This could be a short one. I’m realizing that, of late, my Pick posts have run long, due to the sales pitch I feel is required to convince a minority of readers that the ingredient of discussion is worthy of their grocery cart. But this month, I’m going with a sure-fire winner. A sexy veggie, if you will. Such a classic, it’s hard to resist; in our neck of the woods, when the azaleas start to bloom, you’re bound to walk into your local market and find a display of asparagus, front and center, bidding your menu’s attention.
What’s not to like? Well, there is that one thing. We might as well address the fact that about half the population will notice a certain off-odor to their urine after eating asparagus. (If you didn’t know this tidbit of trivia, you can safely consider yourself in the non-odor-noticing part of humanity. If you’ve noticed it, but have never mentioned the issue in public, you can rest assured that it is perfectly harmless, and has a genetic component, though it is debated whether the gene effects the way our bodies breakdown the asparagus or simply our ability to smell certain sulfurs.)
That one negative trait aside, let’s wax on about how wonderful asparagus is in all its other ways. First, visually: it’s a beautifully presented dish, all alone on a plate. It is altogether unique in texture and flavor, and though somewhat strong in both, tends to please a majority of people. It is also a “super green veggie,” meaning it’s really, really good for you. But the thing I like the most about asparagus is that it speaks Spring, in a similar manner as how the tomato speaks Summer. It is a delicious component of such equinox classics as Pasta Primavera or a Spring Vegetable Risotto (I made the version from the latest Cook’s Illustrated last week, and it was one of my all-time-favorite homemade risottos). Asparagus signifies a returning of our diets to things fresh, crisp, and green, after a long winter of stewed, cooked-down, and canned.
Last spring, I discovered a recipe from The Cook’s Bible, for Roasted Asparagus. I cooked my asparagus this way all season; it was incredibly easy and equally as delicious. One of the best attributes of this preparation was that I could make it in my Cuisinart Toaster/Convection Oven, meaning I didn’t have to heat up my large gas oven (and therefore my entire kitchen) during the warmer months. Like most roasting preparations, this method intensifies the flavor in a way unlike any other recipe I’ve found:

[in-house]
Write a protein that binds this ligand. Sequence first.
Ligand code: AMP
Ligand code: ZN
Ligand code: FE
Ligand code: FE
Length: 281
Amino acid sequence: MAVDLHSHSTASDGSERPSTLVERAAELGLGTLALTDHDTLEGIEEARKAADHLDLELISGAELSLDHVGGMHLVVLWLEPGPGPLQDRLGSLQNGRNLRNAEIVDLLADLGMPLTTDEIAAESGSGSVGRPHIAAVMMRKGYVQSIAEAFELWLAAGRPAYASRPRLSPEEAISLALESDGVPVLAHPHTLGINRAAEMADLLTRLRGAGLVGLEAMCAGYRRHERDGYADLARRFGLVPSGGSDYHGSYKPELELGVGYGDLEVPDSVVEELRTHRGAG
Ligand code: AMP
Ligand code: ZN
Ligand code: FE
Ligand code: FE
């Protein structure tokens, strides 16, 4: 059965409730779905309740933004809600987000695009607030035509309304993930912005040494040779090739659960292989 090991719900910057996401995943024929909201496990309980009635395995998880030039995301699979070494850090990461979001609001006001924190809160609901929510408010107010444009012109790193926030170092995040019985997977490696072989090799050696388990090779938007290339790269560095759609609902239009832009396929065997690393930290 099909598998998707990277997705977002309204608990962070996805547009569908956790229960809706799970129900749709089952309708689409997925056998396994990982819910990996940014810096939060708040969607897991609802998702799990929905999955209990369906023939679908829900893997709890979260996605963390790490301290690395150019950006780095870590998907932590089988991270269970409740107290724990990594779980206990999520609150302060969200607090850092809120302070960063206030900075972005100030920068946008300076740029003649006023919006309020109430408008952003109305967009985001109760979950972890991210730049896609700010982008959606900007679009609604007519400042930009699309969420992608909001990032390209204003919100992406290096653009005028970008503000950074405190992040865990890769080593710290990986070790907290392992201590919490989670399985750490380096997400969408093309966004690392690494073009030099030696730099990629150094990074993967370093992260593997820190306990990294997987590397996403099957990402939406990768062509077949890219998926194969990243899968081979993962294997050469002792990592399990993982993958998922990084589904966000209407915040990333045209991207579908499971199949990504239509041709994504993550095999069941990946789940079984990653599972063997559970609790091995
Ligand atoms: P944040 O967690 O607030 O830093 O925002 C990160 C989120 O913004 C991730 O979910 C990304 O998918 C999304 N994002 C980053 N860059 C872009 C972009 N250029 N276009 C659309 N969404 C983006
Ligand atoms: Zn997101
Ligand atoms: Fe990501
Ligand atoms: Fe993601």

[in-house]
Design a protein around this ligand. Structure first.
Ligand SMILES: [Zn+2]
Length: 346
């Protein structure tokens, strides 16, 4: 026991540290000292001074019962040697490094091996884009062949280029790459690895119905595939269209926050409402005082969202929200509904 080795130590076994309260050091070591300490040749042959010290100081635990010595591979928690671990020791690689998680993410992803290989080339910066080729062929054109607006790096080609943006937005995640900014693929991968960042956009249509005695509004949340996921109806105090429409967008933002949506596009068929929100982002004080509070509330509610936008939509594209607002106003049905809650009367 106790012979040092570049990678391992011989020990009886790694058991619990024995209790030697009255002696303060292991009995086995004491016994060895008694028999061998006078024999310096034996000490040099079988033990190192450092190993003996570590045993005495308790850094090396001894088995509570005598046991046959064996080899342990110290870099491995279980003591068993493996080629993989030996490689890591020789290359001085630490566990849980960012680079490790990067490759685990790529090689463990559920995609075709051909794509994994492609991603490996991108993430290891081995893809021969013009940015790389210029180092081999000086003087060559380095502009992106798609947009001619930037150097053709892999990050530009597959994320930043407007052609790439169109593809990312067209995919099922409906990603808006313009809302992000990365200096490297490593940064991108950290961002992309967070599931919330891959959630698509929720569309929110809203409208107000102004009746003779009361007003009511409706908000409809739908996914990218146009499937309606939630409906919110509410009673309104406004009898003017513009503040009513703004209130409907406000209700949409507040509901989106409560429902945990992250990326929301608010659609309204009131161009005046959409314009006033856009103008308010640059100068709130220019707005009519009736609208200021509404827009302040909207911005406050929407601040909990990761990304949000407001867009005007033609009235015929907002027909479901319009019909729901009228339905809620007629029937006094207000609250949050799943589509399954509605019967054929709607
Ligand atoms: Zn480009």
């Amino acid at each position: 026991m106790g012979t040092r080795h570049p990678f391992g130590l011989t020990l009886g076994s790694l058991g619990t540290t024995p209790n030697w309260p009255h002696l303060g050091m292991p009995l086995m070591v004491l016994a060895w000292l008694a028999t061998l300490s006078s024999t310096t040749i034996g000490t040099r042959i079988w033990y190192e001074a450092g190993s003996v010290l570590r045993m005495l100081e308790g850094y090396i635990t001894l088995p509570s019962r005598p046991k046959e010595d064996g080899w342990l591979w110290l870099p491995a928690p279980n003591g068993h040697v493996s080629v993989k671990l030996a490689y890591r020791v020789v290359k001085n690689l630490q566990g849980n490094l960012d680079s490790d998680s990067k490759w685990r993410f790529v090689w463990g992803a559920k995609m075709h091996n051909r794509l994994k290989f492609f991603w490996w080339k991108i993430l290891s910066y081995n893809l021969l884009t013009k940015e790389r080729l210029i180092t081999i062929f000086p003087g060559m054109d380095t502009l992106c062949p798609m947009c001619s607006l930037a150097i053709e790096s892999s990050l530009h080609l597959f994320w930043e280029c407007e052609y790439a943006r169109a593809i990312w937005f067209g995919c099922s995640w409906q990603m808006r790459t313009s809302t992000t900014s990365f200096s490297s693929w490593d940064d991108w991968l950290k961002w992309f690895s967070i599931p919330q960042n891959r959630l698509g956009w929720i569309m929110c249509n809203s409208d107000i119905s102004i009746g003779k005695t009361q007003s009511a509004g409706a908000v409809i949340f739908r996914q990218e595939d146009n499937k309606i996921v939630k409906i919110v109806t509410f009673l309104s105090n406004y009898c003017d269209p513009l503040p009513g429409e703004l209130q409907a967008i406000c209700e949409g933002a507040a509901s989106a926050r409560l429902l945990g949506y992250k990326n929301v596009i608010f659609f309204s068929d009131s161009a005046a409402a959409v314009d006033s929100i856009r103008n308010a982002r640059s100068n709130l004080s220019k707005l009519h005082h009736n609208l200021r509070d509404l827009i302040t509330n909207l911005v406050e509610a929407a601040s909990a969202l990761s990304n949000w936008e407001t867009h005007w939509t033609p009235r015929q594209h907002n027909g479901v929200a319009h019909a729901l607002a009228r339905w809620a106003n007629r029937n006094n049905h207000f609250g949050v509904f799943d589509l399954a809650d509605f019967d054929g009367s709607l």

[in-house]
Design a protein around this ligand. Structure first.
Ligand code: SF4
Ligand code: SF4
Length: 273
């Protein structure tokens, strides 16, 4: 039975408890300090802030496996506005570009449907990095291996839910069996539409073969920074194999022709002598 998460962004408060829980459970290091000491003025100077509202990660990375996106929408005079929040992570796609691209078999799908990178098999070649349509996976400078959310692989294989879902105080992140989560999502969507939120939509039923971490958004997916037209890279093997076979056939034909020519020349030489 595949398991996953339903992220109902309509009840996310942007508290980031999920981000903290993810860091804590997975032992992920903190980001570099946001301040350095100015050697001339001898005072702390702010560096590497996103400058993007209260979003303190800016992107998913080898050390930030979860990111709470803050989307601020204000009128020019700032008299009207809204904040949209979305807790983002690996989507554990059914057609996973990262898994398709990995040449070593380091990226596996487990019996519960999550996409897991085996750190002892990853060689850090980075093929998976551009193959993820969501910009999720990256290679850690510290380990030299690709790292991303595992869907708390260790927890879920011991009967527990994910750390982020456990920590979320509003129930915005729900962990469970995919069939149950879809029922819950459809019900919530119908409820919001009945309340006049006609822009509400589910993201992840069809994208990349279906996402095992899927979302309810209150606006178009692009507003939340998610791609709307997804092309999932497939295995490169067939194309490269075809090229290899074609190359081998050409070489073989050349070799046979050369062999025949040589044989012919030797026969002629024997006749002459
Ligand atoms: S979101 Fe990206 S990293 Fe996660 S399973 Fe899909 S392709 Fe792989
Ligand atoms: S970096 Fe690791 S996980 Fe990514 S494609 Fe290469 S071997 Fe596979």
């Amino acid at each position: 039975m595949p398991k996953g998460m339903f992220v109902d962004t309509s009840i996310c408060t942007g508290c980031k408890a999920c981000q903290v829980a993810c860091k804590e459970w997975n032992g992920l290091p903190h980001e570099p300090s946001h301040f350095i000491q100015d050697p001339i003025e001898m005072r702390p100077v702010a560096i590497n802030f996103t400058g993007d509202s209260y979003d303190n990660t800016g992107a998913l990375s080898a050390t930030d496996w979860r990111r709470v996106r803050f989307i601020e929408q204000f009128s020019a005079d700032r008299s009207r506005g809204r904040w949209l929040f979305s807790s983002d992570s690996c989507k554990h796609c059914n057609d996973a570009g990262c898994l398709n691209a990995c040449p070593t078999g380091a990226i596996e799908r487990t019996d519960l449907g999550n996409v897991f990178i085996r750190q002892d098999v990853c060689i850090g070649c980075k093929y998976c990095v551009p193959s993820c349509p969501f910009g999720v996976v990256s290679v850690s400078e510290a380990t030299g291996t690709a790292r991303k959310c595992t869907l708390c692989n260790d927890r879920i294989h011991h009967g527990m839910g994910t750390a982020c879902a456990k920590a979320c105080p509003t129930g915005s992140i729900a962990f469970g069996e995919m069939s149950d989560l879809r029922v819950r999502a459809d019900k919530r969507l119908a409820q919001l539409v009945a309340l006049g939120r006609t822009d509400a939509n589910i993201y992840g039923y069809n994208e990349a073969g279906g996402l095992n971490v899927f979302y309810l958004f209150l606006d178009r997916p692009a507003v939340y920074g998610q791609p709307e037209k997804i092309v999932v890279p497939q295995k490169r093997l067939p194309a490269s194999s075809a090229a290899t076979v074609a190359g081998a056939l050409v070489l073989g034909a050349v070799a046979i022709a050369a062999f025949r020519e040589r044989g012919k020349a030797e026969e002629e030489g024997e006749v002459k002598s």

- For a pound of asparagus, heat your oven to 400º. Wash your asparagus, and snap off the tough ends (the spears will naturally break at the point where the toughness turns tender). Place the spears in a shallow roasting pan, and brush with olive oil (or drizzle, then gently toss to coat). Sprinkle with salt to taste, and roast for about 10 minutes. Add ground pepper to taste, and serve.
I still plan to roast my asparagus this way more than once in the coming months. But I have also found a new way to prepare and serve it, discovered a few weeks ago as I perused through my new copy of Mastering the Art of French Cooking (the classic cookbook that thrust Julia Child into the American culinary spotlight). I took this version to a cookout, and it is safe to say that the plate was as good as licked clean. It is also a more practical preparation if you don’t have a small oven for roasting, and aren’t in the mood to turn on your oven on a day when the temps reach above 90º. You simply:
- Prepare your asparagus (Julia recommends peeling the tough ends rather than snapping them, to save more of the vegetable), and tie the bunch together, using two pieces of kitchen twine (keep out one spear to taste for doneness). Boil a large pot of water (a large dutch oven or stockpot), and add about a tablespoon of salt. Drop the asparagus bunch and test spear into the boiling water, and bring the water back to a boil as quickly as possible. Boil for about 7-10 minutes, or until the asparagus is bright green, and the test spear is crisp-tender. Remove the bunch, untie, and spread out on a kitchen towel to cool.
- As the asparagus cools, prepare a classic French Vinaigrette (3 Tbsp good olive oil, 1 Tbsp white wine vinegar, 1 1/2 tsp fresh lemon juice, 1/2 tsp dijon mustard, a Tbsp or so of fresh herbs, and salt/pepper to taste; shake all ingredients in a tightly-closed jar, until emulsion forms). When the asparagus has cooled to room temperature, arrange on a platter, and dress lightly with the vinaigrette.
If you have any vinaigrette leftover, save it to dress your next salad. Or, for that matter, chop up any remaining asparagus spears for the same purpose. The thing about asparagus is that it’s just not very cheap for very long; so get it while the gettin’s good, and use every last spear in a manner worthy of its pointy, green goodness.